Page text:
You know how sometimes a song you haven't heard in a really long time comes on and you find yourself singing along--or at least knowing what lyrics come next? You might not have even thought of the song in ages, but when prompted, out it pours. I had a similar experience recently when Duolingo launched their Japanese lessons.
I've been playing with Duolingo for a while now, mostly in German, which I had not studied since high school decades ago. It's an interesting approach to language learning in that it's treated like a game and it's fun--at least to a word geek like me. There are grammar lessons on the website for most of the languages, but I use the app on my tablet, which is slightly different. It's the first time I've studied a language outside of an academic setting and as someone who has studied language acquisition and language preservation in the past, I find that aspect of it and my own interaction with the app fascinating as well. It is not the kind of thing that will, on its own, lead to deep fluency, but I've learned a fair bit and I've picked up a few books to use as additional resources--I've even been lucky enough to find some dictionaries at charity shops.
Several months ago, Duolingo announced that they were developing a Japanese course. I signed up to be notified when it launched. Several weeks ago, the announcement came and I added it to my Duolingo profile. Why Japanese? I started the academic period of my life 30 years ago attending community college to study Japanese. We'd just moved to Oregon and got a course schedule in the mail from Clackamas Community College. Japanese was listed and I commented to Bill that it'd be cool to study that language. He encouraged me to sign up. I had some seriously low self-esteem at the time and was quite sure I could not do it. He was quite sure I could and gently pushed back. He had a lot more belief in me and my abilities than I had in myself, but finally I ended up enrolled. I was terrified. I signed up for other classes too, which met on Mondays, Wednesdays, and Fridays, so they were the first ones I attended when the term began. They went well and I relaxed a little bit. Japanese was on Tuesdays and Thursdays. I was excited when I got to the classroom with my beautiful new textbooks, but my heart sank when the teacher told us we would all, one by one, go to the front of the class to introduce ourselves and say why we'd enrolled in the class. I felt panic rising and thought, 'I have to leave. I can't do that.' I was sitting at a table in the front and next to the wall, so fleeing would have caused a lot of commotion and drawn much attention to myself. I mentally talked myself down while the first person was speaking and then I volunteered to go next to have it over. I lived through it and went on to love the class. I gained an awful lot of confidence in that class, partly because of my own work and partly because the teacher took me under her wing. At one point during the last term of that first year, she rushed into the classroom one day, walked up to me, and said, 'I have a doctor's appointment. Can you teach the class while I'm gone?' 'Uh, but I'm IN this class,' I said. She insisted she'd only be gone a short time and by then I knew that arguing with your sensei is not done, so I said OK, took a deep breath, walked up to the front of the class, and proceeded to give a Japanese language lesson on the fly, with no preparation or advance warning. The class was 2 hours long. She returned after 1 hour 45 minutes. If someone had told me that first day, that I'd be doing something like that in a few months, I might have fled! After that year, she got me hired as her assistant, and for two years I helped her in the classroom, tutored students, graded homework, and substitute taught. It was a great experience for me. When I transferred to university, I discovered anthropology and turned my focus in that direction, but I always had a soft spot in my heart for Japanese, even though I never got back to it--until Duolingo added it to their offerings.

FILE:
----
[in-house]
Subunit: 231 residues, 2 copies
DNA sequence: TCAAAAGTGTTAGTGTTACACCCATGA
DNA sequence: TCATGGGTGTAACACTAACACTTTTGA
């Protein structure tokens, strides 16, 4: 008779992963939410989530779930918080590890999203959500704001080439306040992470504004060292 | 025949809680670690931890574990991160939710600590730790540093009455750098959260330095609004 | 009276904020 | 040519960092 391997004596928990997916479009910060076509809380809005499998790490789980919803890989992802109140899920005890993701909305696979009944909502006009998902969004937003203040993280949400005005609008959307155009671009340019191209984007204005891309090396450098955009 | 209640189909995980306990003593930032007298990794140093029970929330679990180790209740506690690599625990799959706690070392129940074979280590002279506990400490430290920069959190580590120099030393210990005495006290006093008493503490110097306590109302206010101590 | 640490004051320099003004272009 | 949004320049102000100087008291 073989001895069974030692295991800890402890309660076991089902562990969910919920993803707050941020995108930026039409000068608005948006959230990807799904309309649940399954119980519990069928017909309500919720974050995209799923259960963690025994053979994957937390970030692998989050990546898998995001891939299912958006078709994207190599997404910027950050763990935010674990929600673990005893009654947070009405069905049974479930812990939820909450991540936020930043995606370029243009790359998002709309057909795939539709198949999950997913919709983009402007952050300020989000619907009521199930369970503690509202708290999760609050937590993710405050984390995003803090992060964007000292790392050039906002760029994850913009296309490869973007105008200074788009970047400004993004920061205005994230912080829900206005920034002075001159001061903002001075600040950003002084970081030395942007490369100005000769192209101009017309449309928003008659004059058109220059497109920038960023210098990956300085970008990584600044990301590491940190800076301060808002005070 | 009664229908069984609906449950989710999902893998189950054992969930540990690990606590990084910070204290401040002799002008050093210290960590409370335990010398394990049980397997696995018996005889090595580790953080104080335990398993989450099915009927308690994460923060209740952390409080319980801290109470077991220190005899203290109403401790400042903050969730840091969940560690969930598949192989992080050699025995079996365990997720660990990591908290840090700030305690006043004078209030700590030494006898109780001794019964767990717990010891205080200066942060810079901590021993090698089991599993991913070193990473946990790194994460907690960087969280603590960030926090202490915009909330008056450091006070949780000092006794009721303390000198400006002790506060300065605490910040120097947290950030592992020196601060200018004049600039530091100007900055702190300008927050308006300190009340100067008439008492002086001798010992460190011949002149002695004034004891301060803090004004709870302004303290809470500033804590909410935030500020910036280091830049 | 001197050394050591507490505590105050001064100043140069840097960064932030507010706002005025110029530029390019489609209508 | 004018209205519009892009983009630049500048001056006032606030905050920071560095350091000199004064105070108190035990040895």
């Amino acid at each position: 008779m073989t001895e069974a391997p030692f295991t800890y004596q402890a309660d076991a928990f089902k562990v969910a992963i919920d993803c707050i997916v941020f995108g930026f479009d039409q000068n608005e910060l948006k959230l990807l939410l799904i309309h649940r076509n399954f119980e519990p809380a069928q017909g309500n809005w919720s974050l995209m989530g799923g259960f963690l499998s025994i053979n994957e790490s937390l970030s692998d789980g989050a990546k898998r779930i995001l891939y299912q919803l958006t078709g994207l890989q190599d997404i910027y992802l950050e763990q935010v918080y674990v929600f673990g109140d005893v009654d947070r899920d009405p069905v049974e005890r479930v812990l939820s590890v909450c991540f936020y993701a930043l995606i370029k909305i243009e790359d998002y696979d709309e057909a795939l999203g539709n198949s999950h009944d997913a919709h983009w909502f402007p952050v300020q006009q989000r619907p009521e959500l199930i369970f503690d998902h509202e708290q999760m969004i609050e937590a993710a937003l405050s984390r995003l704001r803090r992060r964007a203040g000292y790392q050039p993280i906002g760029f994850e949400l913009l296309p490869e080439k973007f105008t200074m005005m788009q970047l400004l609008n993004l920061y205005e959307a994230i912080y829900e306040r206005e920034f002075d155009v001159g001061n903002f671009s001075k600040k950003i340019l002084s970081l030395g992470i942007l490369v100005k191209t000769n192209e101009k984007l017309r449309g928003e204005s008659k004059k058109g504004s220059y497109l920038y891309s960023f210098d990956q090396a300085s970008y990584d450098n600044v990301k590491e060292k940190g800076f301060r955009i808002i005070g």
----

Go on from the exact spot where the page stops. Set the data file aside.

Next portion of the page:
It was funny to see how much I remembered. One thing that I found particularly amusing was when the word enpitsu (in hiragana) came up and I did not even have to think about it before I typed in 'pencil.' You might expect words and phrases like, 'hello, 'thank you,' 'how are you' to be retained, but 'pencil'? Who knows what other obscure bits of information are hidden in my brain (and yours!) just waiting for a chance to come out!
I don't remember nearly all the kanji (the ideograms like the ones in the first and last photo) that I knew years ago. I was surprised at how much hiragana and katakana I did remember--all of the former and most of the latter. These are syllabaries that are used for different things--katakana is used primarily for loan words, names, etc. Hiragana is what you see to the right of the large kanji in the last photo above--it was the first bit of stuff I learned all those years ago. I remember feeling like a kid as I practiced my symbols over and over again the same way I used to practice cursive writing when I was learning that.
So I am playing with words and writing systems and language. It's fun. I like Duolingo a lot and one of these days, will use my library card to sign up for another program called Mango, which also has good reviews. There is a subscription fee for that one, but apparently it is free for people who belong to participating library systems. Donegal is one of them and from what I've read, there are many in the US, too, so if you're into this kind of thing, it might be worth checking into!
I hope that some fun and interesting things come your way today, too! Happy Friday!